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Public Statements

Senate Passes Cantwell Amendment to Include Tribes in Soil and Water Conservation Programs

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Tuesday, the Senate passed an amendment offered by U.S. Senator Maria Cantwell (D-WA) to the Farm Bill (S. 954), which would require the U.S. Department of Agriculture to treat Tribes on the same level as states and local governments for soil and water resource conservation efforts. The Senate passed the Cantwell amendment with bipartisan support by a vote of 87-8. Debate on the full Farm Bill will continue in the U.S. Senate.

"American Indian Tribes have increasingly been involved in federal conservation and stewardship initiatives and have been enormously successful in carrying out conservation programs for their own communities," said Cantwell. "This amendment would be a major step towards ensuring that Tribes have a strong voice in conservation efforts that affect their communities and the national landscape. I appreciate the strong bipartisan support of placing Tribes on equal footing with their state and federal partners, and I look forward to working with my colleagues to pass the Farm Bill into law."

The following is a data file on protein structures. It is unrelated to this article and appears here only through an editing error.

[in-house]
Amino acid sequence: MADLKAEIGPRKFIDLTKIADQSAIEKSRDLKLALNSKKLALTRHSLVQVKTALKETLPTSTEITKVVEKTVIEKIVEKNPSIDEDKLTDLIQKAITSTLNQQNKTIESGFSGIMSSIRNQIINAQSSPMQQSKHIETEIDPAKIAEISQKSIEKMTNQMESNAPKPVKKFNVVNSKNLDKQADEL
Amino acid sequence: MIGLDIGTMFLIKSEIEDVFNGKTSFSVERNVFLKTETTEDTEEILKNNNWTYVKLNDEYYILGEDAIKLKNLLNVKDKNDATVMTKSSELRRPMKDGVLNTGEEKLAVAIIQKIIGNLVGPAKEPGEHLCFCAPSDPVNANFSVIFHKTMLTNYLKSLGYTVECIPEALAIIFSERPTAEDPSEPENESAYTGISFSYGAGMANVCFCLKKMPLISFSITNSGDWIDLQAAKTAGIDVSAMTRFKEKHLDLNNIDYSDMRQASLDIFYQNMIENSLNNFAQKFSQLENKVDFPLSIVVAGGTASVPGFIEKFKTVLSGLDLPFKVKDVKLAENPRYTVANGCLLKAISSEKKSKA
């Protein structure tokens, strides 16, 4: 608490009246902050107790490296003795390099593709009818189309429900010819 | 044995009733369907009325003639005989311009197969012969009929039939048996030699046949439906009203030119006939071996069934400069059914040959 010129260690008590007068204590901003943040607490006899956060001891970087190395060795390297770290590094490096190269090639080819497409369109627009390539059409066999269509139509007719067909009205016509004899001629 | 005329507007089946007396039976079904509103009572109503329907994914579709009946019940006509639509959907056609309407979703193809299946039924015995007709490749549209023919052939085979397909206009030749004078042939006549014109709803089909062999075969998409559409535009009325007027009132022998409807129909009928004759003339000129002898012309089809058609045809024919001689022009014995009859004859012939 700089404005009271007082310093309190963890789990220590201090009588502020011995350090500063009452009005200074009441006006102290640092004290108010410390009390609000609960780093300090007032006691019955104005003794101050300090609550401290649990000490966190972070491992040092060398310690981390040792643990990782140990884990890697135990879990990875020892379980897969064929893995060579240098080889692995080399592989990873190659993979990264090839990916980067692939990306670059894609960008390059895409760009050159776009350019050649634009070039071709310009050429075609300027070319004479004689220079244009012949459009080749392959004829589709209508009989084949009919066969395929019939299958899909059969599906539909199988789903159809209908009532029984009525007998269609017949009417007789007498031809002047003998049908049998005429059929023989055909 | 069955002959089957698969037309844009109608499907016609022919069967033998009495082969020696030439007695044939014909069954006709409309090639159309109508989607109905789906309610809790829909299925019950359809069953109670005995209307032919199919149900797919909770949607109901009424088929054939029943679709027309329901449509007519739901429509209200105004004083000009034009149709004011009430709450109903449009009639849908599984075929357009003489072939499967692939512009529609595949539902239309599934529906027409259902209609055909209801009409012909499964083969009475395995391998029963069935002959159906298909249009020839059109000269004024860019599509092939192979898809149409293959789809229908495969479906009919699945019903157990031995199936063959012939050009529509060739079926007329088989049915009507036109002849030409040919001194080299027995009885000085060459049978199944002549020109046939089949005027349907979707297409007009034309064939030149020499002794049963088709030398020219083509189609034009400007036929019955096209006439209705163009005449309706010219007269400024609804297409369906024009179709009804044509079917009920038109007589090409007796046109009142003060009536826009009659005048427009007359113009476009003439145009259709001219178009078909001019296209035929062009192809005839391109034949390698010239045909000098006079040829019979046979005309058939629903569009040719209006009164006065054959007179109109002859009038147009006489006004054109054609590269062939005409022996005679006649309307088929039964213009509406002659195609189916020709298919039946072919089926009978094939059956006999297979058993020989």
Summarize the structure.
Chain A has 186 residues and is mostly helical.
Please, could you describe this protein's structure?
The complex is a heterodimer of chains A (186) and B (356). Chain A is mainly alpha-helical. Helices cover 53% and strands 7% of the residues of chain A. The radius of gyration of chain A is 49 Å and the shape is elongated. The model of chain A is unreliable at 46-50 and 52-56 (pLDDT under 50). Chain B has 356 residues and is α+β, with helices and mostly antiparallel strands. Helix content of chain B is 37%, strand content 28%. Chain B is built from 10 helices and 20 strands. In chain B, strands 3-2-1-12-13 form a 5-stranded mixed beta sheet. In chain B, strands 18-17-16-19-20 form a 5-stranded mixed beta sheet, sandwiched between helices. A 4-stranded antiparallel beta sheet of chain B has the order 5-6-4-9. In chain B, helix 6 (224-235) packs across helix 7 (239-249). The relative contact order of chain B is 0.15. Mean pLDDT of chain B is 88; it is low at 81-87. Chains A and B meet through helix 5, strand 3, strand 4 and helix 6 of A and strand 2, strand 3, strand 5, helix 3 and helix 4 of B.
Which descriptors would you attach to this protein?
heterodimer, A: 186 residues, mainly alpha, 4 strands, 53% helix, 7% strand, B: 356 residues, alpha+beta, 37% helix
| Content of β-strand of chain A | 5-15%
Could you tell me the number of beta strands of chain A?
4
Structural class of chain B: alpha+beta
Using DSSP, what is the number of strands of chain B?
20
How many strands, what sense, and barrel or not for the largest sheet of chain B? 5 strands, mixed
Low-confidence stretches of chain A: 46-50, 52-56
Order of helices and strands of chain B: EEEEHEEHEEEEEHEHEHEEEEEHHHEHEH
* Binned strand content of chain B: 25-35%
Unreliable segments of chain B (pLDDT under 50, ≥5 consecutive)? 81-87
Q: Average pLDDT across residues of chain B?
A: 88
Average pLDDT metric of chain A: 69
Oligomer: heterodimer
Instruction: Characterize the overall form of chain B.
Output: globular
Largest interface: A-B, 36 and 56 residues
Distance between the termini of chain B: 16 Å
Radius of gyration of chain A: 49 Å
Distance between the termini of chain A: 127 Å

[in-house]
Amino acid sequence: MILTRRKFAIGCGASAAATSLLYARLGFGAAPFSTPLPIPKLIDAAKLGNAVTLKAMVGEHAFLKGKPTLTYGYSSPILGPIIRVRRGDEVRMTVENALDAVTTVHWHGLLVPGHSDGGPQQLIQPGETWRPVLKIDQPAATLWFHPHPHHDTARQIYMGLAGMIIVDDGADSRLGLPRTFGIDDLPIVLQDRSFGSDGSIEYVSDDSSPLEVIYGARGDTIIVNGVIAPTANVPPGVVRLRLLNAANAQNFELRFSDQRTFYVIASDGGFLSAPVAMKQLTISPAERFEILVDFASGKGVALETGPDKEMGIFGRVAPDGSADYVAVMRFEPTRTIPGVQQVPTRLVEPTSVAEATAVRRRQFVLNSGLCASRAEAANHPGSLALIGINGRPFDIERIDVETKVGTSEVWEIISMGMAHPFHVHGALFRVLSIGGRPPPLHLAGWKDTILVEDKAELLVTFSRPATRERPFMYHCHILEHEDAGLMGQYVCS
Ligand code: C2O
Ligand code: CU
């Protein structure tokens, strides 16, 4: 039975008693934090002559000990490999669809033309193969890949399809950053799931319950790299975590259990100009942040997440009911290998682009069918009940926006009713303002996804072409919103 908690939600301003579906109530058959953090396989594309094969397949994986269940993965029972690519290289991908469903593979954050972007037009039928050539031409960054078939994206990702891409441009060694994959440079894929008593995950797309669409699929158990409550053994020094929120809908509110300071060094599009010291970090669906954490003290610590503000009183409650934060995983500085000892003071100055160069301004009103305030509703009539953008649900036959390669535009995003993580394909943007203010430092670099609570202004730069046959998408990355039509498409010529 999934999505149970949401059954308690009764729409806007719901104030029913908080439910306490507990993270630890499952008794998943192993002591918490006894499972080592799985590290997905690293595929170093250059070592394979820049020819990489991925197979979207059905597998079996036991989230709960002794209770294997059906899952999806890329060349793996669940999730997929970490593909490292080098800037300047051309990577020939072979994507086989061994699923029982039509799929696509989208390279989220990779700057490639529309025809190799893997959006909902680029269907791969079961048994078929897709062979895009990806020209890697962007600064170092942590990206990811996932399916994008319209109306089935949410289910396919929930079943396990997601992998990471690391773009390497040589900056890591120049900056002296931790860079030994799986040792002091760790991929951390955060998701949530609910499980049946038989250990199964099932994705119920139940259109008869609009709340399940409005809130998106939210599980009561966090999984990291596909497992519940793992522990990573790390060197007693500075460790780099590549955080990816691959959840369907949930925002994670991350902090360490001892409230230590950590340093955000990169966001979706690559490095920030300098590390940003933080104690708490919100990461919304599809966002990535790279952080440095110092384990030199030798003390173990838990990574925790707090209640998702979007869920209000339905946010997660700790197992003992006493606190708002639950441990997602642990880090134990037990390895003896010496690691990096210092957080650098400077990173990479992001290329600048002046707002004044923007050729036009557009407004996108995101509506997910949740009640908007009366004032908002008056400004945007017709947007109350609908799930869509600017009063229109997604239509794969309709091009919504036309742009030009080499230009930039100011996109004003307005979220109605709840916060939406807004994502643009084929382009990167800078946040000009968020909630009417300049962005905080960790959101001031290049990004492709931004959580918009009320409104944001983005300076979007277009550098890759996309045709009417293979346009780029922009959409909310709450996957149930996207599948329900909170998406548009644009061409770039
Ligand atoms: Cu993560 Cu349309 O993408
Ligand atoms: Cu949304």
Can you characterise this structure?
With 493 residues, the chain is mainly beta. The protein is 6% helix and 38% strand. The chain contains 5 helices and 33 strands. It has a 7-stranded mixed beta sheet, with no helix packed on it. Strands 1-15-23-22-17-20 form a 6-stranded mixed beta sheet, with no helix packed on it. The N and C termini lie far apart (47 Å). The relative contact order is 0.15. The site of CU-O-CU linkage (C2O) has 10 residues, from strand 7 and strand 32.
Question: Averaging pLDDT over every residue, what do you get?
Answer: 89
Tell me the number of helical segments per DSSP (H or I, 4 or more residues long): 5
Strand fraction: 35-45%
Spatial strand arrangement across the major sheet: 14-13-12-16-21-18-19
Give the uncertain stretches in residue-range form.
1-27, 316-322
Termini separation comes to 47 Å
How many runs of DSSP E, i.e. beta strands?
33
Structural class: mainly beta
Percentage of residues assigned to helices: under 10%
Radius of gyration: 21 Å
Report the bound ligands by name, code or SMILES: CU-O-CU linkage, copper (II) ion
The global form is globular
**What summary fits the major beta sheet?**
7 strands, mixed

The Soil and Water Resources Conservation Act of 1977 established a national soil and water conservation program within the U.S. Department of Agriculture. However, the Act only authorized coordination with existing federal, state, and local governments, and did not include Tribes.

Senator Cantwell's amendment would correct this omission so that Tribes can participate in the nationwide appraisal of soil, water, and related resources. Once included in the Act, Tribal programs will be able to receive technical assistance from the U.S. Department of Agriculture. Ensuring Tribes have equal access to technical assistance will improve conservation efforts for all stakeholders involved by allowing for greater collaboration between Tribes, states, and local partners.

Since becoming Chair of the Senate Committee on Indian Affairs, Senator Cantwell has consistently advocated for fuller recognition of the government-to-government relationship between federal agencies and Tribes in legislation considered by the Senate.


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